When she was 19, Françoise met Jean Pierre-Meyers, her future husband, who came from a wealthy family of French Jewish bankers and was the son of a L’Oréal manager. As reported by Paris Match, Françoise dated the heir of a big name in the automobile industry for several years, and her parents introduced her to several young people from high society, including an aristocrat that was the son of a banker. By then Françoise had two things clear: first, she would not accept a marriage of convenience. Second, she was already in love. Jean Pierre-Meyers, however, was not the husband her parents would have dreamed for her, especially because he was Jewish, the grandson of a rabbi murdered at Auschwitz. This reopened an old wound, as there were two sensitive episodes in the family’s past: Eugène Schueller, the revered founder of L’Oréal, had been investigated for Nazi collaboration after the war, and André Bettencourt himself had written antisemitic articles for a German-backed newspaper in 1941 and 1942 before switching sides and joining the Resistance.

But Françoise had made up her mind. Even though 10 years passed before the wedding was finally celebrated, the Bettencourts had no choice but to give in. The ceremony, which was held privately, took place in Tuscany, in Fiesole, north of Florence. Afterwards, a lavish reception was held in Paris, attended by the French top brass. From that moment on, Jean Pierre was part of the clan: it was him who became really involved in the company, at the request of her own father.

The couple had two sons: Jean-Victor (1986) and Nicolas (1988), both born at the Antoine-Béclère hospital in Clamart, a suburb five miles southwest of Paris. According to what was published in the French press, Françoise chose a French governess for them instead of a sophisticated English nurse, as was customary in her social class. Since they were children they have been protected like jewels: they have not given a single interview, and very few photos of them have been published. Françoise tried to spend a lot of time and travel with both of them, but also with each one separately, teaching them about the outside world, culture and art. Jean-Victor obtained a master’s degree from a business school and Nicolas studied communication. Both are now part of the company. The Bettencourt Meyers and their family own about 33% of the shares of L’Oréal, the world’s largest manufacturer of beauty products.

Her relationship with her husband changed Françoise’s view of others and, specifically, of the Bible. She studied the relationships between the Catholic and Jewish religions and spent 10 years writing a book about them, which ended up becoming a five-volume study of the Bible. She also published a genealogy of Greek mythology. As Tom Sancton, author of the book The Bettencourt Affair stated and Time reported, Françoise “truly lives within her own bubble, primarily immersed within her family circle.”

Francoise Bettencourt-Meyers
Francoise Bettencourt in 2011 at the presentation of her book on Greek mythology.ALAIN JOCARD (AFP via Getty Images)

Caviar for the press

The family peace was disrupted in 2007 when a huge scandal, a sort of French Watergate, shook the foundations of the country’s politics and society. A month after her father’s death, Bettencourt Meyers sued François-Marie Banier, a close friend of her mother for 20 years, for abus de faiblesse (abuse of weakness). The photographer, four decades younger than her mother, who was 87 at the time, had been receiving more than €1.3 billion in gifts for years, including a Picasso, a Matisse and a Mondrian, as well as several life insurance policies that Liliane signed for him after two hospital admissions. Banier had known Dalí and Yves Saint Laurent in his youth, had rubbed shoulders with personalities like Samuel Beckett, Kate Moss, Mick Jagger and Princess Caroline of Monaco, and due to his friendship with Johnny Depp, he was Lily-Rose Depp’s godfather. He was interesting, fun and irresistible. Also, apparently, possessive and manipulative.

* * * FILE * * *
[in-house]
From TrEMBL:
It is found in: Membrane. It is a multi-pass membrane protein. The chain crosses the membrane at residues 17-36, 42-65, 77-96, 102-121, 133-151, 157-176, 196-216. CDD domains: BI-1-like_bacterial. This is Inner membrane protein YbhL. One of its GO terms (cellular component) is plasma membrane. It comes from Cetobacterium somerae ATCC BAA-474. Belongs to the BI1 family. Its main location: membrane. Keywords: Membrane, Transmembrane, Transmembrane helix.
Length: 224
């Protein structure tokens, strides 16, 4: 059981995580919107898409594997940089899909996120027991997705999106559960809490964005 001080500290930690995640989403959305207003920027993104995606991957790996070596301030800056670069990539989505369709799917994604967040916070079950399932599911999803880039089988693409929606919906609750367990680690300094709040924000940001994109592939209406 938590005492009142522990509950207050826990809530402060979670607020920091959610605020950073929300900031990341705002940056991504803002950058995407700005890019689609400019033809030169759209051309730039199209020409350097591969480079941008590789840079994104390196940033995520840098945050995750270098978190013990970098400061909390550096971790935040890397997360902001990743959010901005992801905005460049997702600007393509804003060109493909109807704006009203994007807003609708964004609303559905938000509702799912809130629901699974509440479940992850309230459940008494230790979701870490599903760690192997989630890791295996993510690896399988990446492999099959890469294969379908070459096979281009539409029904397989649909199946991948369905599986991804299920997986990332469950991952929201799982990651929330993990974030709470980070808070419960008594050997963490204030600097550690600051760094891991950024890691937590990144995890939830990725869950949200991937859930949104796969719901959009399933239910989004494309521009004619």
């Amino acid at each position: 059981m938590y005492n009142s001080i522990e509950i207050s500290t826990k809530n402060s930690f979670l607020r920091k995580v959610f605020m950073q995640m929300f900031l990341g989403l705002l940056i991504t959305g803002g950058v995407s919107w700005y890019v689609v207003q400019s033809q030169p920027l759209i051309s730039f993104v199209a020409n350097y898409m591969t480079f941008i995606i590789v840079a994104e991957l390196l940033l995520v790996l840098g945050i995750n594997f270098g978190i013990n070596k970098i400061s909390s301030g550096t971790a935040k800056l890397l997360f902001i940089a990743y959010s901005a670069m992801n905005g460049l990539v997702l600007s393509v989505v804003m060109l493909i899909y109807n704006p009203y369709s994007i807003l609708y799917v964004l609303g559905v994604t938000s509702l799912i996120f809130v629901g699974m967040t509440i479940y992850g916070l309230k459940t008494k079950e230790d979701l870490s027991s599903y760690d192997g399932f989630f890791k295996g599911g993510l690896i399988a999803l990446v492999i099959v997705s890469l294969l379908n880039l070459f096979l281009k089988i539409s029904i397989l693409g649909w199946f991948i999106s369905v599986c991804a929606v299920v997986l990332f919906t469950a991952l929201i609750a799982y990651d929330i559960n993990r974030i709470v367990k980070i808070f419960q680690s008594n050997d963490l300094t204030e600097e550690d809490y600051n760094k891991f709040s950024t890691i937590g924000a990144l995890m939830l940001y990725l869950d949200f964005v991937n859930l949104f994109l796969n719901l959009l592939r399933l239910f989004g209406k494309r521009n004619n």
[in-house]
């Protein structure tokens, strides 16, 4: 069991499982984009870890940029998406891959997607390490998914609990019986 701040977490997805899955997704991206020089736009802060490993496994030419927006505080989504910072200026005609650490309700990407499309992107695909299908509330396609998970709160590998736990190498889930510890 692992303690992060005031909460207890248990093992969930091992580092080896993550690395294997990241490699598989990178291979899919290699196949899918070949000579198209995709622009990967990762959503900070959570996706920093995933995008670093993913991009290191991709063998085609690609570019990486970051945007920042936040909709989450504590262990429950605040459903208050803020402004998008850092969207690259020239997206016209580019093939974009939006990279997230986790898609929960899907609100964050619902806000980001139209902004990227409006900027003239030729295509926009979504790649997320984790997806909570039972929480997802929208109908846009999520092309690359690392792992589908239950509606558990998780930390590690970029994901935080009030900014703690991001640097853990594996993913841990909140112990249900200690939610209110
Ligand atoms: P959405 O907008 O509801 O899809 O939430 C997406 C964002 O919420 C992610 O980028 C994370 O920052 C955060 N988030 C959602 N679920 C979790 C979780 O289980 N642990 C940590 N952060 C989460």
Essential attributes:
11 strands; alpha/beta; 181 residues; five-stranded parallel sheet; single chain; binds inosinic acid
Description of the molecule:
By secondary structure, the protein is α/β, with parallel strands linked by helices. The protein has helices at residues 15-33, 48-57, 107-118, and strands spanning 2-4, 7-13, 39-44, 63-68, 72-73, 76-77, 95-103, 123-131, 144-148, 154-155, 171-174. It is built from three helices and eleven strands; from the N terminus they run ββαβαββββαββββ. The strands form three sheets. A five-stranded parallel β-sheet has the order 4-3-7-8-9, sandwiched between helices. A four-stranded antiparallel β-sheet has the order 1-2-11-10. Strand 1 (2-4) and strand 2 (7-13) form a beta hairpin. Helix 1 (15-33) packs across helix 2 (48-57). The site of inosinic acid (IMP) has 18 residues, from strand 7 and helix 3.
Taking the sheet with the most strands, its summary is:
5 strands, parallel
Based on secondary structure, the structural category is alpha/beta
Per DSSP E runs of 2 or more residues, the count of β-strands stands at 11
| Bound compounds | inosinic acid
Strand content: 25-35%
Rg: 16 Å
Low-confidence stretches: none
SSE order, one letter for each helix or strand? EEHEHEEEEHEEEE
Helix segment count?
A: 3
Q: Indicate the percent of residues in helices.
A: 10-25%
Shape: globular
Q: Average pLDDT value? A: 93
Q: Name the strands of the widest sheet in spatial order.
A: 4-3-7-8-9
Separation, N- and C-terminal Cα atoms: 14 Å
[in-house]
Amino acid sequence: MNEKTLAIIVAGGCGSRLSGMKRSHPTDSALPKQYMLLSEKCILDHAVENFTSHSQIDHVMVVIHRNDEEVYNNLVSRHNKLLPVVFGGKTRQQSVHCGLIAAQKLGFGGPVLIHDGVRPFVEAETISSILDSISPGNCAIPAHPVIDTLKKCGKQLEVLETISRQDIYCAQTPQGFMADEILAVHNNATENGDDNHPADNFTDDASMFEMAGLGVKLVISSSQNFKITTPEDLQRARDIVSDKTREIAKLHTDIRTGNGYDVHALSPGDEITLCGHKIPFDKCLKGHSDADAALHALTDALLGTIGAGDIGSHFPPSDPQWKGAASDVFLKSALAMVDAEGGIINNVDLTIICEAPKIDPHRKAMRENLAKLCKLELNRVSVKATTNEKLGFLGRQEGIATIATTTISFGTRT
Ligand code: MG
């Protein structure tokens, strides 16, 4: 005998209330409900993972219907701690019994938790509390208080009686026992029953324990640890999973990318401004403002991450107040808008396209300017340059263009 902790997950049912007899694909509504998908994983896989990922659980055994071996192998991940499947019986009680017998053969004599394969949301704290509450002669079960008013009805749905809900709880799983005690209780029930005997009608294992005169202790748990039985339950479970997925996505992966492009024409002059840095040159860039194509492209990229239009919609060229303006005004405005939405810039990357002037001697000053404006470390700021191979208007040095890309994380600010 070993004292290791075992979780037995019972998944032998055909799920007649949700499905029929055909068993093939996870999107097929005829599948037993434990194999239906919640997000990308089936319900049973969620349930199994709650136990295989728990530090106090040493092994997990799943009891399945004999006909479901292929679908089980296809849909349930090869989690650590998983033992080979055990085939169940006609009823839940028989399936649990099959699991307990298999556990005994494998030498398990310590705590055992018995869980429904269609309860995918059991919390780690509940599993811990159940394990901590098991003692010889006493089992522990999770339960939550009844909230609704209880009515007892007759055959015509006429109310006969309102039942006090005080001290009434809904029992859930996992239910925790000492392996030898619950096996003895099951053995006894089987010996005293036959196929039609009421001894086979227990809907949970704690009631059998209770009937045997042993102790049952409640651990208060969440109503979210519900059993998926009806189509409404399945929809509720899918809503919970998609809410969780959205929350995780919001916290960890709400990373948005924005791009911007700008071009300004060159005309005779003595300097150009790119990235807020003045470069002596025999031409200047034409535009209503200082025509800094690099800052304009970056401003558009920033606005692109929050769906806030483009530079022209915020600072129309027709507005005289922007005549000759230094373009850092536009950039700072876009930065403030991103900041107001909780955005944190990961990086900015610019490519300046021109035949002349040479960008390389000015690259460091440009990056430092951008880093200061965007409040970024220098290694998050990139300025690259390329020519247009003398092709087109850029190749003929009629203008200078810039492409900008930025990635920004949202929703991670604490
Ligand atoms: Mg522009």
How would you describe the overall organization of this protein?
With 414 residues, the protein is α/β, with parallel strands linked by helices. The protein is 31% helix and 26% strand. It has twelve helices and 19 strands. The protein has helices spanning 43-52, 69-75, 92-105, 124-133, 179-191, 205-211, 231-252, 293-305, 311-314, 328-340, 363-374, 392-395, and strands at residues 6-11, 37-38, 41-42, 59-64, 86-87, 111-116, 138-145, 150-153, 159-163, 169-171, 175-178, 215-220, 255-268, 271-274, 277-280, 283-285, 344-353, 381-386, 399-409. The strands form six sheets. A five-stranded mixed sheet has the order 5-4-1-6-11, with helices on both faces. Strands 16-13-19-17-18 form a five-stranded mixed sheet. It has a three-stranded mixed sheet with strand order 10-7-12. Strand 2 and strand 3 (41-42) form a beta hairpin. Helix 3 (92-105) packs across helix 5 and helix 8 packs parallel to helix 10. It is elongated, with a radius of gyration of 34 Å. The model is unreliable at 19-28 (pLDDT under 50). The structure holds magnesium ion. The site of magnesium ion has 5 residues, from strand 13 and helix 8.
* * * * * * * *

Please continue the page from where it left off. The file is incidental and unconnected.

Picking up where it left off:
Thus began a trial that was caviar for the press: a soap opera involving politics, one of France’s largest inheritances and a questionable charmer of elderly women (Banier had previously had similar experiences with other wealthy older women). “I am fighting to protect my mother,” Françoise declared at the time. A butler made a recording where it was revealed that Banier had been named the sole heir to Liliane’s fortune. The scandal ended up affecting President Nicolas Sarkozy, who was accused of illegal financing. He was acquitted, but in the process his Minister of Labor, Eric Woerth, had to resign. The trial lasted 10 years and it was determined that Liliane suffered from dementia. She was placed under the control of her daughter and two grandchildren.

The richest woman in the world

The 70-year-old L’Oréal heiress became one of the richest women in her country upon the death of her mother at the age of 94 in 2017, and now she has risen to a new level. Since the end of 2023, she holds the title of the first woman to accumulate a fortune of more than $100 billion, a milestone that occurred when the shares of L’Oréal SA reached a record price, in what has been the company’s best year since 1998. Today she is the eleventh richest person on the planet. Still, she prefers not to lead an ostentatious lifestyle, enjoying the greatest luxury that a billionaire could wish for: anonymity.

Françoise usually wears a dark pantsuit, whose brand is indiscernible at first glance (an example of quiet luxury), as well as a shahtoosh around her neck (a shawl made with the wool of the Tibetan antelope, or chiru, by the weavers of Kashmir). Her makeup is very discreet and she wears thick glasses with a frame that brings to mind those of the 1970s. Her universe, according to Paris Match, revolves around her family, her friends, music, literature and cinema — such as Jacques Perrin’s latest film, Oceans, which her mother helped produce. She is rarely seen at society events and only attends large dinner parties when the event is related to a professional interest. She usually goes running at the Bois de Boulogne park in a tracksuit, without attracting much attention. Françoise likes to travel (they say she loves Italy and the United States) and instead of skiing in the elite Swiss resorts of Gstaad or Saint-Moritz, she prefers the luxurious but quiet Megève. As the French say, pour vivre heureux, vivons caches. To live happily, live hidden.